Nestlé is acquiring a majority stake in Vital Proteins, a maker of collagen bars, beverages, capsules, and powders.
Vital Proteins will operate as a standalone business and become a part of the Nestlé Health Science’s portfolio. The transaction will equip the Chicago-based collagen maker with the resources to scale its reach and innovation.
Collagen is the most abundant protein found in the body, representing nearly 30% of all human protein content and 70% of the protein content found in the skin, Nestlé said. Collagen production in the body starts to decline at about age 25.
The majority stake it purchased in Vital Proteins adds to the fold a company that specializes in collagen, a key building block for the body. As the company noted, production of collagen starts falling in the mid-20s for most people, so finding a way to add it to the body through Vital Proteins’ bars, drinks and capsules could be important for health and wellness-minded consumers.
SkinnyPop, which Hershey acquired in 2017, released a collagen popcorn last year. It wouldn’t be a surprise to see Nestlé incorporate collagen into Nesquik chocolate milk or Coffee-mate creamers, among other products in its sweeping portfolio.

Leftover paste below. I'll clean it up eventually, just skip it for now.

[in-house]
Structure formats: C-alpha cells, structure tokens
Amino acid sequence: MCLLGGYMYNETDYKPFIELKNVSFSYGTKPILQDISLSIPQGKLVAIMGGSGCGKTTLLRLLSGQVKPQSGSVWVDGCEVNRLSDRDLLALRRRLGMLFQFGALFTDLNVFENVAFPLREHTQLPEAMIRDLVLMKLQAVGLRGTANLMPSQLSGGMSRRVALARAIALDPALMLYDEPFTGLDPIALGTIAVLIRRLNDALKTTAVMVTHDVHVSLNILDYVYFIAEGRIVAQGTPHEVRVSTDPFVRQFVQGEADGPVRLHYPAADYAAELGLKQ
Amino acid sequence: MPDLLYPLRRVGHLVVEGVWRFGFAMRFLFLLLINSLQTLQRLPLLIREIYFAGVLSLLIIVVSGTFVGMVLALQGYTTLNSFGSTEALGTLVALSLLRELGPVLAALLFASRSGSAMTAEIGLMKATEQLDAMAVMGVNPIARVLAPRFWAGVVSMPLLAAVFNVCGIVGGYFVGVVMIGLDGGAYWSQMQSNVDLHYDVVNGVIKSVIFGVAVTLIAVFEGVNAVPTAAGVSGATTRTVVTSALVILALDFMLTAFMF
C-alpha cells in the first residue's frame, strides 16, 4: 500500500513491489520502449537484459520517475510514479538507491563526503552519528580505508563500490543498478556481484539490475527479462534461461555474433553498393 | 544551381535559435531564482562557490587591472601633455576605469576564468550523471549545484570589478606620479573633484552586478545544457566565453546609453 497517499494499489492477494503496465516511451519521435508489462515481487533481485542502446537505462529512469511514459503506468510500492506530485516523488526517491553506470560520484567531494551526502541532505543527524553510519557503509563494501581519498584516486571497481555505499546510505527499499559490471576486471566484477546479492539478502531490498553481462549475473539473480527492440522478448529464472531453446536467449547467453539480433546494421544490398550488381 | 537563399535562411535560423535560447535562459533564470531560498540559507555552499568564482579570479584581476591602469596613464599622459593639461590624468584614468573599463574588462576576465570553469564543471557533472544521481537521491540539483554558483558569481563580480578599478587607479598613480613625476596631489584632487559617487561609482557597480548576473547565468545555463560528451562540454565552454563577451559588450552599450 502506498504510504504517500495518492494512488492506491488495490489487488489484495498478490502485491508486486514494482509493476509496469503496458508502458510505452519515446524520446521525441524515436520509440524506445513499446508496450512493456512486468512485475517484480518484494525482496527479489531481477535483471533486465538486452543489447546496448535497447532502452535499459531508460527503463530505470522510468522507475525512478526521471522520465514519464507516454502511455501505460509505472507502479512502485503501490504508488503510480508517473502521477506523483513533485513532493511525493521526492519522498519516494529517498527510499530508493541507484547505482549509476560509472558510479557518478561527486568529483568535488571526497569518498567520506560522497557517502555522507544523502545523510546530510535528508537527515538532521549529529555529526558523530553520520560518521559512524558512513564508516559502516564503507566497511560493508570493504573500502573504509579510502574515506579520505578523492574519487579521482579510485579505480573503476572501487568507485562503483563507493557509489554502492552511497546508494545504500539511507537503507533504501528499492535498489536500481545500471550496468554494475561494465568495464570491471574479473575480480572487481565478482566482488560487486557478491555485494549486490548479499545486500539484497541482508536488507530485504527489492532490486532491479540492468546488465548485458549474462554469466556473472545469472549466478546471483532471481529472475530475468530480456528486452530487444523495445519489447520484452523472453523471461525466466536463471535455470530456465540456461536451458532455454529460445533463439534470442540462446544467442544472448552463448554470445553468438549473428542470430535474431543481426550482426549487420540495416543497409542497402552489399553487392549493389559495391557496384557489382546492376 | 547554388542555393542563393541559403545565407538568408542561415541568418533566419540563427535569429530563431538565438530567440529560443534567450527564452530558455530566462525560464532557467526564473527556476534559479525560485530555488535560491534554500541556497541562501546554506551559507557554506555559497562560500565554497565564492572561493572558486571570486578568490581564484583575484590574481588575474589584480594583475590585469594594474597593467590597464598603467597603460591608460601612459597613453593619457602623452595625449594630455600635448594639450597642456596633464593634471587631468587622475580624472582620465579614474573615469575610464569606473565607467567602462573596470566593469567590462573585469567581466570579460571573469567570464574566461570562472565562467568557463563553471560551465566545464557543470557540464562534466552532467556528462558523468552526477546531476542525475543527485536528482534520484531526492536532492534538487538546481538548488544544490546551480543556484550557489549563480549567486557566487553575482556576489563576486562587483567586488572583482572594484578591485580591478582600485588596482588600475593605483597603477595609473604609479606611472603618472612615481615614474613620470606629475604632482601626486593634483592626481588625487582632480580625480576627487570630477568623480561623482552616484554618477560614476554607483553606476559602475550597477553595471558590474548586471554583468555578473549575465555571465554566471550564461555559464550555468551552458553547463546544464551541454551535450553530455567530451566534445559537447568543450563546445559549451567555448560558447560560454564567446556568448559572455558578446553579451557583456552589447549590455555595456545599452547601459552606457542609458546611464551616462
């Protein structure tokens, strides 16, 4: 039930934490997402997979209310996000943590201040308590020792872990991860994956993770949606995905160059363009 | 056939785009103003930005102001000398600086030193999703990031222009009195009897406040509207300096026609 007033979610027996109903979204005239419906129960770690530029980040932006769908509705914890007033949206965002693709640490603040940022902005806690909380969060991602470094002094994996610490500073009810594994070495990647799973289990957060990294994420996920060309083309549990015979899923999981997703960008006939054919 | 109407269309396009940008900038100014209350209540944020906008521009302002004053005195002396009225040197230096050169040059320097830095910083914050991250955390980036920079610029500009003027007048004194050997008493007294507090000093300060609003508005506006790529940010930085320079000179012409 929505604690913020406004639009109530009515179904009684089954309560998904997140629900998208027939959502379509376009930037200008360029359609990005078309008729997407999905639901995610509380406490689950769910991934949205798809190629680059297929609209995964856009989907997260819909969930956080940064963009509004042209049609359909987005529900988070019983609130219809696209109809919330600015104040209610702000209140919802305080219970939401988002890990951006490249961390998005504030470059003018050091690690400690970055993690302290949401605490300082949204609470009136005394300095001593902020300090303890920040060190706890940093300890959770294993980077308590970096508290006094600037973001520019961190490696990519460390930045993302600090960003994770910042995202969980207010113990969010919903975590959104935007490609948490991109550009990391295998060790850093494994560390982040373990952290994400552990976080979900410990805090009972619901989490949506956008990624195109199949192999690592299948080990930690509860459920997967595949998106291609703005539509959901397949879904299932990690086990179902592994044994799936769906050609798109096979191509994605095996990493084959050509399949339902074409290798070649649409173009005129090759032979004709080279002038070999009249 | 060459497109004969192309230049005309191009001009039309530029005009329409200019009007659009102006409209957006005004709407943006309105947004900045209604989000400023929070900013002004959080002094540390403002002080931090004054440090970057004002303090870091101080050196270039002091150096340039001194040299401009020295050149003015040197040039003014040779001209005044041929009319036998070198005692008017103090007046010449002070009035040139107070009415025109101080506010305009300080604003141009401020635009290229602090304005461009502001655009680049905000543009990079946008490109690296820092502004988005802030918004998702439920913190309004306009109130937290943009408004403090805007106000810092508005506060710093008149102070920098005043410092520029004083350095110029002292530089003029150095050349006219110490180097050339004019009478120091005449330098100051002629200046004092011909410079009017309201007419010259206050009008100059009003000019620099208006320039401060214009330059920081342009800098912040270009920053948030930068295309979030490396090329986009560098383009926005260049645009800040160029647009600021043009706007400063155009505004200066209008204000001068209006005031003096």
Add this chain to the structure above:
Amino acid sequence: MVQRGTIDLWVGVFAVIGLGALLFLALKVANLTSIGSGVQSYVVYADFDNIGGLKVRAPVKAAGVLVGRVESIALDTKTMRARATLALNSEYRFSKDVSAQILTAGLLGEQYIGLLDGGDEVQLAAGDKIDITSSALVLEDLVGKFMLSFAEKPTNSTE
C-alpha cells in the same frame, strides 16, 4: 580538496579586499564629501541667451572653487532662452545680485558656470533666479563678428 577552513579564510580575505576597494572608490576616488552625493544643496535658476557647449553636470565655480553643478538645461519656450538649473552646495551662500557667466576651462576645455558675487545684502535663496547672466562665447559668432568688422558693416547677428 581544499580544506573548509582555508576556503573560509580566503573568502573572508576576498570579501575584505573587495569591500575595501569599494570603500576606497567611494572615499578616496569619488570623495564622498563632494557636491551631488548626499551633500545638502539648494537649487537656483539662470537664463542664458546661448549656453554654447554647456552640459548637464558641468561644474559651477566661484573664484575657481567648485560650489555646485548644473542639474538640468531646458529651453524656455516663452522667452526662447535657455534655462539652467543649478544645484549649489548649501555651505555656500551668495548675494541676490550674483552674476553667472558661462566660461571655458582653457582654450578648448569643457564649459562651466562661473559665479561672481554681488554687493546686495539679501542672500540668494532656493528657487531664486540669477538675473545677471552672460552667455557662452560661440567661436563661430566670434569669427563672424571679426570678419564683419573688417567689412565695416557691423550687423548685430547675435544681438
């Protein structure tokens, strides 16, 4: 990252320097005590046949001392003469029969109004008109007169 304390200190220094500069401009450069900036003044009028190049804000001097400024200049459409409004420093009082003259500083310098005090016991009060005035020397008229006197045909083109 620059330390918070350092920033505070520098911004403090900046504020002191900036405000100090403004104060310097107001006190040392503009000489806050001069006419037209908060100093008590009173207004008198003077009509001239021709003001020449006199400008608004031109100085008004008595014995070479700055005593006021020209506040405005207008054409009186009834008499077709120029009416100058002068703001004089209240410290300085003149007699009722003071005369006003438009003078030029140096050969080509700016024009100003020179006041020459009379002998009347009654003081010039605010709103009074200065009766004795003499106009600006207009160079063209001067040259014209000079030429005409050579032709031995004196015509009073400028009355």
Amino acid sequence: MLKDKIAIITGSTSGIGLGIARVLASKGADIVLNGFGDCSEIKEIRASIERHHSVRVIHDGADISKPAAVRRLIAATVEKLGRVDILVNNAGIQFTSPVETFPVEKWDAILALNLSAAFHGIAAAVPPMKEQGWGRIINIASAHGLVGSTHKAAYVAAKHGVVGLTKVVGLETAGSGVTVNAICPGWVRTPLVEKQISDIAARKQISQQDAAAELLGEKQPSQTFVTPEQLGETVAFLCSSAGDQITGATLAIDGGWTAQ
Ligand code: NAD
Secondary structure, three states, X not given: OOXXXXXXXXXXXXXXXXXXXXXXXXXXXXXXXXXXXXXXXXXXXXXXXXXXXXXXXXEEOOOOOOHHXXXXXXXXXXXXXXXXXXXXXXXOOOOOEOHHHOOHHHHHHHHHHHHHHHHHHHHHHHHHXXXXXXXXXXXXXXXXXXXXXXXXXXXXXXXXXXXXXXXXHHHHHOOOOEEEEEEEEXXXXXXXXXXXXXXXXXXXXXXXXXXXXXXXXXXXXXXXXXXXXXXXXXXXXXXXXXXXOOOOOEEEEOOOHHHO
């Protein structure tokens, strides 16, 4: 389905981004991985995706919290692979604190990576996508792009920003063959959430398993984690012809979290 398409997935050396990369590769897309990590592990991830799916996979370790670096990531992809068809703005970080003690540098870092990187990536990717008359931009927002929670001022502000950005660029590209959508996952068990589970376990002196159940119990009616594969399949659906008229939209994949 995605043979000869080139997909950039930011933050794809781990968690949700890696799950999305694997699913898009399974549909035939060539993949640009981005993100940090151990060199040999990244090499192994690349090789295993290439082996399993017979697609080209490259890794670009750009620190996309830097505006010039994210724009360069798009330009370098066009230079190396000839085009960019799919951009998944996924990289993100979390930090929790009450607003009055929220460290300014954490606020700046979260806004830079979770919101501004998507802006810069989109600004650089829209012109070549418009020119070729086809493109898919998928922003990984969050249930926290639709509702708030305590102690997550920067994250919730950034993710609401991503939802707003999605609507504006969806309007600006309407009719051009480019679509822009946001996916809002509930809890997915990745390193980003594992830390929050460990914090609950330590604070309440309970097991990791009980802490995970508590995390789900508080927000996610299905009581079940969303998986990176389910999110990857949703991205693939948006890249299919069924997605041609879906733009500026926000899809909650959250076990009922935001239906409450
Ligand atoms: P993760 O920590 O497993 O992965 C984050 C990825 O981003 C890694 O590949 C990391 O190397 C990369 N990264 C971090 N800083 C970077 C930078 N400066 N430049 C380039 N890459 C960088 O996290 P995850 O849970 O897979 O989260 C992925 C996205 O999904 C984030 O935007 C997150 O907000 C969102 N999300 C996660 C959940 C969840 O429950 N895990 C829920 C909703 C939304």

Nestlé’s addition of Vital Proteins comes as collagen is poised for growth in 2020 as more people look for greater functional health benefits in what they consume
Nestlé, the world’s largest food company, first entered healthcare nutrition in 1986 before forming the Nestlé Health Science and the Nestlé Institute of Health Sciences a quarter-century later as part of its efforts to double-down on the fast-growing business.
Nestlé has looked outside the company and entered into deals to support its efforts, including a partnership with Seres Therapeutics to develop products that help the digestive system. It also funded clinical trials at Accera, a Colorado biotech company, testing medical food for patients with mild or moderate Alzheimer’s disease.
Acquisitions are a big part of that strategy. Last year, it purchased personalized vitamin company Persona, and in 2017 it spent $2.3 billion for privately-held Atrium Innovations, a maker of nutritional health products.
Foods today already have probiotics, vitamins, proteins, and other healthy additives, but as the market for better-for-you products increases, Nestlé’s latest transaction in the health and wellness space could be just the type of under-the-radar deal that sets the CPG giant up for long-term success.
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B.Tech Student at NIFTEM (National Institute of Food Technology and Entrepreneurship and Management)